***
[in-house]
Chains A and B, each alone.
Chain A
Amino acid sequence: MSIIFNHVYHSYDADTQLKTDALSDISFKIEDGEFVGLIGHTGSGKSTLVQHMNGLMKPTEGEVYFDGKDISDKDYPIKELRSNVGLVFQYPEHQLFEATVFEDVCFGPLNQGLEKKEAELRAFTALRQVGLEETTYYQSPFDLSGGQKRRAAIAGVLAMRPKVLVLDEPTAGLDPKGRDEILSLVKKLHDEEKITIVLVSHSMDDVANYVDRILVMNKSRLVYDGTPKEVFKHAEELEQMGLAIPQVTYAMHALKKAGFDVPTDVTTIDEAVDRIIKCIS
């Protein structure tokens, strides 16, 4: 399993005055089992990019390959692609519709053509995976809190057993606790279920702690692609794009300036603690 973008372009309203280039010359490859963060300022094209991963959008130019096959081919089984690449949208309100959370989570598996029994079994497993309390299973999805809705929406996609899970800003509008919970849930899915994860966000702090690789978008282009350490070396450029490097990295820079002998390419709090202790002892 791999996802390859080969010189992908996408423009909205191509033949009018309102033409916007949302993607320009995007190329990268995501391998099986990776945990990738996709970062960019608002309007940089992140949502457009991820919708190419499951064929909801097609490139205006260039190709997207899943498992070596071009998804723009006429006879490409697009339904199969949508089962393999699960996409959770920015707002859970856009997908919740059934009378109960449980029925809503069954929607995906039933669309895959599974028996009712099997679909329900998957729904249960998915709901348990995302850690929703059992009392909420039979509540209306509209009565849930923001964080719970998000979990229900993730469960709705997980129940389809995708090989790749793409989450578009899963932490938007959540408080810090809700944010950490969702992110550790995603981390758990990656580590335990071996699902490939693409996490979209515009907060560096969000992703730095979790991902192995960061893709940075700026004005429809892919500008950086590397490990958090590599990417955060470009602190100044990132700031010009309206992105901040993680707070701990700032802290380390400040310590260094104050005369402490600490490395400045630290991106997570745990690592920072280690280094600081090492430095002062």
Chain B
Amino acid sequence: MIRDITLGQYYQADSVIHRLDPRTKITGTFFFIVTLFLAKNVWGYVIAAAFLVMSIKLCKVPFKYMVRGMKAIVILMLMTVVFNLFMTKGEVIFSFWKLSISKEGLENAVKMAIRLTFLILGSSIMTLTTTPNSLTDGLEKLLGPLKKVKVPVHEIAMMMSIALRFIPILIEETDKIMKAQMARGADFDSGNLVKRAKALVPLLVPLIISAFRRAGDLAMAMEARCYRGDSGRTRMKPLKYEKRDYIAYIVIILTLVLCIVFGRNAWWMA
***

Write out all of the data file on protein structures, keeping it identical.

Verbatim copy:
[in-house]
Chains A and B, each alone.
Chain A
Amino acid sequence: MSIIFNHVYHSYDADTQLKTDALSDISFKIEDGEFVGLIGHTGSGKSTLVQHMNGLMKPTEGEVYFDGKDISDKDYPIKELRSNVGLVFQYPEHQLFEATVFEDVCFGPLNQGLEKKEAELRAFTALRQVGLEETTYYQSPFDLSGGQKRRAAIAGVLAMRPKVLVLDEPTAGLDPKGRDEILSLVKKLHDEEKITIVLVSHSMDDVANYVDRILVMNKSRLVYDGTPKEVFKHAEELEQMGLAIPQVTYAMHALKKAGFDVPTDVTTIDEAVDRIIKCIS
């Protein structure tokens, strides 16, 4: 399993005055089992990019390959692609519709053509995976809190057993606790279920702690692609794009300036603690 973008372009309203280039010359490859963060300022094209991963959008130019096959081919089984690449949208309100959370989570598996029994079994497993309390299973999805809705929406996609899970800003509008919970849930899915994860966000702090690789978008282009350490070396450029490097990295820079002998390419709090202790002892 791999996802390859080969010189992908996408423009909205191509033949009018309102033409916007949302993607320009995007190329990268995501391998099986990776945990990738996709970062960019608002309007940089992140949502457009991820919708190419499951064929909801097609490139205006260039190709997207899943498992070596071009998804723009006429006879490409697009339904199969949508089962393999699960996409959770920015707002859970856009997908919740059934009378109960449980029925809503069954929607995906039933669309895959599974028996009712099997679909329900998957729904249960998915709901348990995302850690929703059992009392909420039979509540209306509209009565849930923001964080719970998000979990229900993730469960709705997980129940389809995708090989790749793409989450578009899963932490938007959540408080810090809700944010950490969702992110550790995603981390758990990656580590335990071996699902490939693409996490979209515009907060560096969000992703730095979790991902192995960061893709940075700026004005429809892919500008950086590397490990958090590599990417955060470009602190100044990132700031010009309206992105901040993680707070701990700032802290380390400040310590260094104050005369402490600490490395400045630290991106997570745990690592920072280690280094600081090492430095002062």
Chain B
Amino acid sequence: MIRDITLGQYYQADSVIHRLDPRTKITGTFFFIVTLFLAKNVWGYVIAAAFLVMSIKLCKVPFKYMVRGMKAIVILMLMTVVFNLFMTKGEVIFSFWKLSISKEGLENAVKMAIRLTFLILGSSIMTLTTTPNSLTDGLEKLLGPLKKVKVPVHEIAMMMSIALRFIPILIEETDKIMKAQMARGADFDSGNLVKRAKALVPLLVPLIISAFRRAGDLAMAMEARCYRGDSGRTRMKPLKYEKRDYIAYIVIILTLVLCIVFGRNAWWMA